b. Establishment Clause
The Establishment Clause of the First Amendment provides that "Congress shall make no law respecting an establishment of religion." U.S. Const. amend. I. In analyzing such claims, the Supreme Court has traditionally applied a test termed the "Lemon" test, under which "the challenged action is unconstitutional if (1) it lacks a secular purpose, (2) its primary effect either advances or inhibits religion, or (3) it fosters an excessive entanglement of government with religion." Modrovich v. Allegheny County, 385 F.3d 397, 401 (3d Cir. 2004).
Because Ealy's claim involves state participation in a religious activity, Borden v. Sch. Dist. of Twp. of E. Brunswick, 523 F.3d 153, 175 (3d Cir. 2008), also applicable is the "endorsement" inquiry. The relevant question is "whether a reasonable observer familiar with the history and context of the display would perceive the display as a government endorsement of religion." Borden, 523 F.3d at 175 (quoting Modrovich, 385 F.3d at 401). Thus, when the government "affirmatively supports religion on preferential terms," its actions violate the Establishment Clause under the endorsement test. Tenafly Eruv Ass'n v. Borough of Tenafly, 309 F.3d 144, 175 (3d Cir.2002) (citation omitted).
"The touchstone for [its Establishment Clause] analysis is the principle that the 'First Amendment mandates governmental neutrality between religion and religion, and between religion and nonreligion.' " McCreary County v. ACLU of Ky., 545 U.S. 844, 860(2005) (citations omitted). The notion of governmental neutrality is an important guide, but it is not a rigid rule. Id. at 874. "The Supreme Court has long recognized that 'there is room for play in the joints' between the First Amendment's two clauses concerning religion: 'the government may . . . accommodate religious practices . . . without violating the Establishment Clause,' but '[a]t some point, accommodation may devolve into 'an unlawful fostering of religion.' Cutter v. Wilkinson, 544 U.S. 709, 713-14, 125 S.Ct. 2113, 161 L.Ed.2d 1020 (2005) (citations omitted).'" Young v. Beard, 284 F. App'x 958, 963 (3d Cir. 2008).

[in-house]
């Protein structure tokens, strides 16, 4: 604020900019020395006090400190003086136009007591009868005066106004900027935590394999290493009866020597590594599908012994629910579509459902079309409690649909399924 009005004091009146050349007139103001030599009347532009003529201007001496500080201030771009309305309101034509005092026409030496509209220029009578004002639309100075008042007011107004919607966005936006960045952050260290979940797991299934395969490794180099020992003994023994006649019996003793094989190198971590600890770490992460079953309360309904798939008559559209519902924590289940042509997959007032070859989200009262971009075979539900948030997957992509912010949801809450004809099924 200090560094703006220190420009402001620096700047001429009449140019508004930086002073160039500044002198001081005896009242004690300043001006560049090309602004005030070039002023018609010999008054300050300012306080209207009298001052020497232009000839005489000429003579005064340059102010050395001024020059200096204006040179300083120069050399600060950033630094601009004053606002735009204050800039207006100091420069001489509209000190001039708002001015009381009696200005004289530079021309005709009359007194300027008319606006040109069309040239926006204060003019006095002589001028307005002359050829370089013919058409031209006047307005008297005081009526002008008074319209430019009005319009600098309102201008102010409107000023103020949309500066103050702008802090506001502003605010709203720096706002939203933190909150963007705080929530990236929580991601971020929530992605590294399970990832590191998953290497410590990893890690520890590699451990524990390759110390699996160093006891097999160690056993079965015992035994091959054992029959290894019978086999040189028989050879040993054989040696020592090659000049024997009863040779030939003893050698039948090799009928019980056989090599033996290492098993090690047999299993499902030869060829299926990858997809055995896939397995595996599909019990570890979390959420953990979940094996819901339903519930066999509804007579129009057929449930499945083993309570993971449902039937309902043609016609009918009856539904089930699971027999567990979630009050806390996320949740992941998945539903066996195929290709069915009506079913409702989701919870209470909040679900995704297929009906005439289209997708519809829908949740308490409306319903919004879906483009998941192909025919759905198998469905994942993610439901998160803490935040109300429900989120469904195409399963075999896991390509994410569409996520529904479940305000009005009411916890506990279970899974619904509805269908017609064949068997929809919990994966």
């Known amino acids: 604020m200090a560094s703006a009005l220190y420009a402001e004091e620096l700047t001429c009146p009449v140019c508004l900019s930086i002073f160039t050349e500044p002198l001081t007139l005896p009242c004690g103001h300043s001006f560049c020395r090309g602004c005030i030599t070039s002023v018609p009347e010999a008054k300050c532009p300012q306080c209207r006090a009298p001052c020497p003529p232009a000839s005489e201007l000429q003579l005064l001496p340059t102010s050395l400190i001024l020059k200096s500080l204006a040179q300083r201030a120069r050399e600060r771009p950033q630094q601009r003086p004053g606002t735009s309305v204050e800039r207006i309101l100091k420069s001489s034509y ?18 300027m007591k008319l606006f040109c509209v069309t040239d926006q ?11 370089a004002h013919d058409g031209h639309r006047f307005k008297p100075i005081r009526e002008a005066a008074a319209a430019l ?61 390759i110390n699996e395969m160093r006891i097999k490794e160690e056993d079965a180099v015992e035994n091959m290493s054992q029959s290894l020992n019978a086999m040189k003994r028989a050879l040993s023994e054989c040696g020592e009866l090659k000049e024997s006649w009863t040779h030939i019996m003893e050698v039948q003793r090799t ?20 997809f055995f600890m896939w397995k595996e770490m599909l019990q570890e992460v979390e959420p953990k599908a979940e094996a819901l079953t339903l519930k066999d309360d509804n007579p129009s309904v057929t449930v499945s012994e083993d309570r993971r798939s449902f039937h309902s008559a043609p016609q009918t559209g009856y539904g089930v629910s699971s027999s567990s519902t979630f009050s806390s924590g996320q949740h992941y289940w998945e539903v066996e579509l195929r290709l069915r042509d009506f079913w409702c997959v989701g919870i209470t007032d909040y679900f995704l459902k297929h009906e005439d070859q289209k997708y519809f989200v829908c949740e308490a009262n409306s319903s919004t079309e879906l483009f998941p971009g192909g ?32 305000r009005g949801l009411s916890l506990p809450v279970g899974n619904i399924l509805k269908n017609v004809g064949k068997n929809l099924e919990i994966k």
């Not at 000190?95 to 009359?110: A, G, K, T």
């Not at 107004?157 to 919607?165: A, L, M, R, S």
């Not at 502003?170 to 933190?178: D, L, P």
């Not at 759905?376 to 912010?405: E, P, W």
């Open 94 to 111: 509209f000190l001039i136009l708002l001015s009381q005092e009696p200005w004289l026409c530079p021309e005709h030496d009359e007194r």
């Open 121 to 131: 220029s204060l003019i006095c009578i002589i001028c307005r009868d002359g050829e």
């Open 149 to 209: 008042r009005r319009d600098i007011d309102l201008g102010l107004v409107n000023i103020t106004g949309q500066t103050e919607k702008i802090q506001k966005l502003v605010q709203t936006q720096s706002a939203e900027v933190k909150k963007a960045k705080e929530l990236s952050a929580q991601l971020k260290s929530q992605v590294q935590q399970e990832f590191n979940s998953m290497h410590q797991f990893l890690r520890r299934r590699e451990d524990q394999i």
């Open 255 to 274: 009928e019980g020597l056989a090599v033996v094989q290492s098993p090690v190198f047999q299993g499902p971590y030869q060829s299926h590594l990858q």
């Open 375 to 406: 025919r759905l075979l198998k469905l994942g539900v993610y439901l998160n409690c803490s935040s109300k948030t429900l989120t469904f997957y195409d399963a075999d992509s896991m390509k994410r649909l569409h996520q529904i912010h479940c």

Significantly, the Supreme Court has noted that, although provisions in penal institutions might contravene the Establishment Clause, they would be sustained as necessary to secure the right to worship guaranteed by the Free Exercise Clause. Dist. of Abington Township v. Schempp, 374 U.S. 203, 296-98, (1963) (Brennan, J., concurring). Thus, in the prison context, "the establishment clause has been interpreted in the light of the affirmative demands of the free exercise clause." United States v. Kahane, 396 F.Supp. 687, 698 (2d Cir. 1975).